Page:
From the mundane beep of a cell phone announcing the arrival of yet another new message to the horrors of the evening news, stress, it seems, is all around us.
But what if we’ve become too stressed about stress? Might it be keeping us from paying more attention to the problems that are making us all feel so stressed out?
That’s one of the questions asked in the new book One Nation Under Stress: The Trouble with Stress as an Idea by Graduate School of Social Work Professor Dana Becker.
“I’m not dismissing the fact that people experience something we call stress,” says Becker. “However, I think the middle class has become so preoccupied with stress and its effects on our health and mental health that we often fail to look at the larger societal problems that cause much of the stress in the first place.”
The idea that progress exacts a toll on society in the form of added “nervousness” has been around since at least the mid-19th century, points out Becker. However, it’s been just in the past 40 years or so that there has been so much attention given to dealing with the effects of the stress itself rather than the causes of stress.
“In the ’70s and ’80s, when middle-class women began to move into the workplace in large numbers, all of a sudden we started to worry about women’s stress and attribute it to what we now call ‘work-life conflict,'” says Becker. “Women receive advice from every quarter on how to deal with stress, but as a society we still haven’t resolved the problem of family-unfriendly workplaces or tackled the age-old devaluation of caregiving in our society that often results in women’s continuing to do the lion’s share of family work.
“I think it’s worthwhile to ask whether the idea of stress as we’ve come to know it in 2013 is performing a perverse form of social service for us by helping us avoid making the social changes that could have broad—and possibly unsettling—implications for the status quo.”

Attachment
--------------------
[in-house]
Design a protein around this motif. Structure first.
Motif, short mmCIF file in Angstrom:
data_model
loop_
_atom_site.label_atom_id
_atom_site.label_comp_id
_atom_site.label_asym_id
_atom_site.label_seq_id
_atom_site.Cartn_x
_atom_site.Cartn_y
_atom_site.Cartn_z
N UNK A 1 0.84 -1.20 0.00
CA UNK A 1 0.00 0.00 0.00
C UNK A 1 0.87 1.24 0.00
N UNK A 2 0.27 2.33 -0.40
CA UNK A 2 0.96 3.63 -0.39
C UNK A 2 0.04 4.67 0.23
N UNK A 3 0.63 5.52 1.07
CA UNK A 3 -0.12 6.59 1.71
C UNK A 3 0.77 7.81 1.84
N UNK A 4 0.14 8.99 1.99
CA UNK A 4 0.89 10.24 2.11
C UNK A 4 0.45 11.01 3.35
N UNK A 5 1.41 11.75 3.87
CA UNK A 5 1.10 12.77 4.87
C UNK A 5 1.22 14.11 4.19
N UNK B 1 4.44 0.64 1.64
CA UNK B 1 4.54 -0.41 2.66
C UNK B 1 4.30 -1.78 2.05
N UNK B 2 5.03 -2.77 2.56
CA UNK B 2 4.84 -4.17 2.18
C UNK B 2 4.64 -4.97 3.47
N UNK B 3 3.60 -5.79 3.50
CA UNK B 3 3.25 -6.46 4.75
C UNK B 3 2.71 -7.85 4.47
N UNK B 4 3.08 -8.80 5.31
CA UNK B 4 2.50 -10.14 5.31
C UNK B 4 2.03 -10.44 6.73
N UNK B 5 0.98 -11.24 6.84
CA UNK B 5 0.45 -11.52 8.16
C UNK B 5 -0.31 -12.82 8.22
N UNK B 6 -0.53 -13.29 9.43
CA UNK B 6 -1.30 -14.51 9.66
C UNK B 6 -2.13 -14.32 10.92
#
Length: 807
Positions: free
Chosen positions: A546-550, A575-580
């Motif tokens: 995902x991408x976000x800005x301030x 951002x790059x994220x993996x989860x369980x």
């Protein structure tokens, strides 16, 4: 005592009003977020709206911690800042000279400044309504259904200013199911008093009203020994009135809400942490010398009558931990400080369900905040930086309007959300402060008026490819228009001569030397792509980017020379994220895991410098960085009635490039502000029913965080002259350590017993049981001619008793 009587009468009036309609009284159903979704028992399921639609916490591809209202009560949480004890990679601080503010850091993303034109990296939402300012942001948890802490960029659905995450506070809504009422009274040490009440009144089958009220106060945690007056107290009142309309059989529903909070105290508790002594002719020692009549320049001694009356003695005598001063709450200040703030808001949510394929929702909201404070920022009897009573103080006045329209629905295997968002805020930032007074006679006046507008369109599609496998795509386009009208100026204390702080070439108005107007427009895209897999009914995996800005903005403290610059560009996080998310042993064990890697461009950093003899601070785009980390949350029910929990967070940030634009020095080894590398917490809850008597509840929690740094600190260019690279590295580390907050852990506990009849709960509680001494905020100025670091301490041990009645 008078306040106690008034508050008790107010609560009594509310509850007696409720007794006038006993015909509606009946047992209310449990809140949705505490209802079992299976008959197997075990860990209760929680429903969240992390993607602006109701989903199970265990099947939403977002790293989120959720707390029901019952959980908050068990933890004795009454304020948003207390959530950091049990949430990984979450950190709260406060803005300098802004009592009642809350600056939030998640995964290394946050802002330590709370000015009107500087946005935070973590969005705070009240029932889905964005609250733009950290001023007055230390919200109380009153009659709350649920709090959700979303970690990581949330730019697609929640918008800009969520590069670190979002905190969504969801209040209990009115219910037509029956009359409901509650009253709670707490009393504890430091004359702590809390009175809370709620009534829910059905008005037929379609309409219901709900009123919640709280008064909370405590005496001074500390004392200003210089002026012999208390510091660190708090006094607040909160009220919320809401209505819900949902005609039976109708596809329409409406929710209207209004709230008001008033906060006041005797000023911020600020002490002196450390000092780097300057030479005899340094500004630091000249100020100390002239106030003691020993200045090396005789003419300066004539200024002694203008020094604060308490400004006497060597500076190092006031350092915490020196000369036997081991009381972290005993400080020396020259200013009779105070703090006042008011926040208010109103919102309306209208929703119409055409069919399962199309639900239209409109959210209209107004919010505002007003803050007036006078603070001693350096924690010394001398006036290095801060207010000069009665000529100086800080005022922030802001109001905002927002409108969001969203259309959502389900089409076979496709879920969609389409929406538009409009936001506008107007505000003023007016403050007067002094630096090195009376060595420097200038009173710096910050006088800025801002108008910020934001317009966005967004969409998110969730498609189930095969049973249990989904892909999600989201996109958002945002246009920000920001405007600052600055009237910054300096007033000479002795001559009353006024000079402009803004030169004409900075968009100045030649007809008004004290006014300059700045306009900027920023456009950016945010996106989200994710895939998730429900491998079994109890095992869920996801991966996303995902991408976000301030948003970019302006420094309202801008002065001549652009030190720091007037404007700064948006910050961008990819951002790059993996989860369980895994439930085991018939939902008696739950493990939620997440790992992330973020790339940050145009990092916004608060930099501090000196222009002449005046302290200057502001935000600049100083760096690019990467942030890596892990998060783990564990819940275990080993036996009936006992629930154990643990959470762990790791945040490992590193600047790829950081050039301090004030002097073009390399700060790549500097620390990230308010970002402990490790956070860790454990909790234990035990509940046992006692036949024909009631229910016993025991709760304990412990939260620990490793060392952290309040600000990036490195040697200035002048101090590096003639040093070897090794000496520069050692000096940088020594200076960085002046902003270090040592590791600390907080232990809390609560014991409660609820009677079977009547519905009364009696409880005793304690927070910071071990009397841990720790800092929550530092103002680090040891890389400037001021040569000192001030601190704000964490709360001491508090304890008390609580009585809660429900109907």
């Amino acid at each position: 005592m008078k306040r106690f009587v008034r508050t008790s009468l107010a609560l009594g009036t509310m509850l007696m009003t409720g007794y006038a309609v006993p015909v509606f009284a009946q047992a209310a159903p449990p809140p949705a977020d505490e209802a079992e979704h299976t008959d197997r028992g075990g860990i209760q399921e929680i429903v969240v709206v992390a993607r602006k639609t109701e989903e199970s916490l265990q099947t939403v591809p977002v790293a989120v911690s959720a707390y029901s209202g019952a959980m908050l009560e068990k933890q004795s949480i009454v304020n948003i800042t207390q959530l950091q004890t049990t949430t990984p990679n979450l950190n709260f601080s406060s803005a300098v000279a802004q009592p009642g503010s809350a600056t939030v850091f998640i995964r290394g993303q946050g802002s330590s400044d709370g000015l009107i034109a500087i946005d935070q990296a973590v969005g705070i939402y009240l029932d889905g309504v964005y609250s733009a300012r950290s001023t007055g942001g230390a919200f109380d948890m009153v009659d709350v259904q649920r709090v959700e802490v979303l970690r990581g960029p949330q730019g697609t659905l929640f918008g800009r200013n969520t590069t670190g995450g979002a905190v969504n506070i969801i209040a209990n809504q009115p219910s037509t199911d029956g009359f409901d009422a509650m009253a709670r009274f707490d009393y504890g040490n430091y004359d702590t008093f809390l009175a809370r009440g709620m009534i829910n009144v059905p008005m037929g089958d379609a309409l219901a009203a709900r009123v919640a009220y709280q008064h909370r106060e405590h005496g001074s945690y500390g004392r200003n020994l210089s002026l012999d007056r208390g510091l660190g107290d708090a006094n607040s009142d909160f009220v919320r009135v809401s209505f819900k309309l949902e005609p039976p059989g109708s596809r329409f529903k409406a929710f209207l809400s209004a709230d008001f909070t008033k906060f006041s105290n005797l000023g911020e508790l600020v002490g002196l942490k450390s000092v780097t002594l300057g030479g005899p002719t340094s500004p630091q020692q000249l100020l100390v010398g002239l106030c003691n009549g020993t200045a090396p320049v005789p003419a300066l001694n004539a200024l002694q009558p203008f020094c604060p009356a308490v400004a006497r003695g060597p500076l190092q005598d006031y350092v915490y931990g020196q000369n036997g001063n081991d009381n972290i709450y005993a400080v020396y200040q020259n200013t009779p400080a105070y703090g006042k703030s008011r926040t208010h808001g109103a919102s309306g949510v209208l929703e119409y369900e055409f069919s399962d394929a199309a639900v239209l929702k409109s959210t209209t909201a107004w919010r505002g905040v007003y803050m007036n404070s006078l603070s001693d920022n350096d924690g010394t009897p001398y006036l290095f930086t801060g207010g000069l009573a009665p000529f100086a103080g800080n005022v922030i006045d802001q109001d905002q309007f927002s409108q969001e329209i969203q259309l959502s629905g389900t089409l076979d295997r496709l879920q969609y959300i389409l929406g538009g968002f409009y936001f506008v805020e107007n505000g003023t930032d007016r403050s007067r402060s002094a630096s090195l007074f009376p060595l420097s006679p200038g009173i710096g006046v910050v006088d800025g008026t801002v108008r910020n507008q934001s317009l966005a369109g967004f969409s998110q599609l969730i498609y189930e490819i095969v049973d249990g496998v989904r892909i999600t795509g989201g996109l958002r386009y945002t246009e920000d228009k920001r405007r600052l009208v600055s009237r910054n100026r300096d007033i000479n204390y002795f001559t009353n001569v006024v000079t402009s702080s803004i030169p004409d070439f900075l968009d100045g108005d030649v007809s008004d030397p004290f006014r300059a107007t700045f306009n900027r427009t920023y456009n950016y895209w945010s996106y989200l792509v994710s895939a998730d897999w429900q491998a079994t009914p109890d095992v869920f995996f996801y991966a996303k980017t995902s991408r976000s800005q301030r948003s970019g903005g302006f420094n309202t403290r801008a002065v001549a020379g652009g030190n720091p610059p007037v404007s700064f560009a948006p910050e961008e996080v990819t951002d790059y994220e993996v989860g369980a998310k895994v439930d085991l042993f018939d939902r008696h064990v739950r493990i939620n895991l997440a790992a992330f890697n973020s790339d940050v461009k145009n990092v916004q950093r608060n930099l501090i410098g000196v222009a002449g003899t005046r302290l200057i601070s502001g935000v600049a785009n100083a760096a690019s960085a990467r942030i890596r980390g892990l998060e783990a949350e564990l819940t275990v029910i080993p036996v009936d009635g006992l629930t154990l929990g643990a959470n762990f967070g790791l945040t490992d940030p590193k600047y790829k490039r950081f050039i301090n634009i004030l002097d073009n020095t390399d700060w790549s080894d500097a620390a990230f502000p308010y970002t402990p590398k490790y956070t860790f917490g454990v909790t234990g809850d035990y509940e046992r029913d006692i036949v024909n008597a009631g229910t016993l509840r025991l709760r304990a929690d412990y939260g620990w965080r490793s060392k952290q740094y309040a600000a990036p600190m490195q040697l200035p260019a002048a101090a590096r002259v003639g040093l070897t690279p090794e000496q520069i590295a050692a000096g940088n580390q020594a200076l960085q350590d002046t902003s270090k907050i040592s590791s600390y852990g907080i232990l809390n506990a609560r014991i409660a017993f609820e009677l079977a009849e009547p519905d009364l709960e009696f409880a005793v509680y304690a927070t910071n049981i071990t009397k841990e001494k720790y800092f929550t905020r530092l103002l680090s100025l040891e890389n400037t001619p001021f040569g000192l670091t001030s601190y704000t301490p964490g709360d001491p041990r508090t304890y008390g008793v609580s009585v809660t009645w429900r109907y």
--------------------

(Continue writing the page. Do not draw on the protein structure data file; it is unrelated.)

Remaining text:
In her book, Becker also looks at the rise of post-traumatic stress (PTSD) among U.S. veterans and its impact beyond the problems it creates for individual service members.
“Our national conversation has more to do with the high incidence of PTSD in returning veterans than with what it means to wage war in the age of terrorism,” says Becker.
Becker earned a bachelor’s degree in classical archaeology from Bryn Mawr in 1969 and credits her undergraduate liberal arts education for giving her the foundation to tackle such a complex subject.
“This concept of stress can’t be viewed through a narrow lens. It requires an examination of the current therapeutic culture, our social history, our tradition of liberal individualism, and our belief in the power of science and technology to solve problems. You have to bring everything to bear when analyzing cultural ideas, and I really credit Bryn Mawr with my ability to tackle interdisciplinary research.”
Becker’s previous books include Through the Looking Glass: Women and Borderline Personality Disorder and The Myth of Empowerment: Women and the Therapeutic Culture in America.
As one of the nation’s oldest academic social work programs, the Bryn Mawr College Graduate School of Social Work and Social Research is part of a College with a long-standing, well-respected dedication to both scholarship and social responsibility. For more, visit the GSSWSR website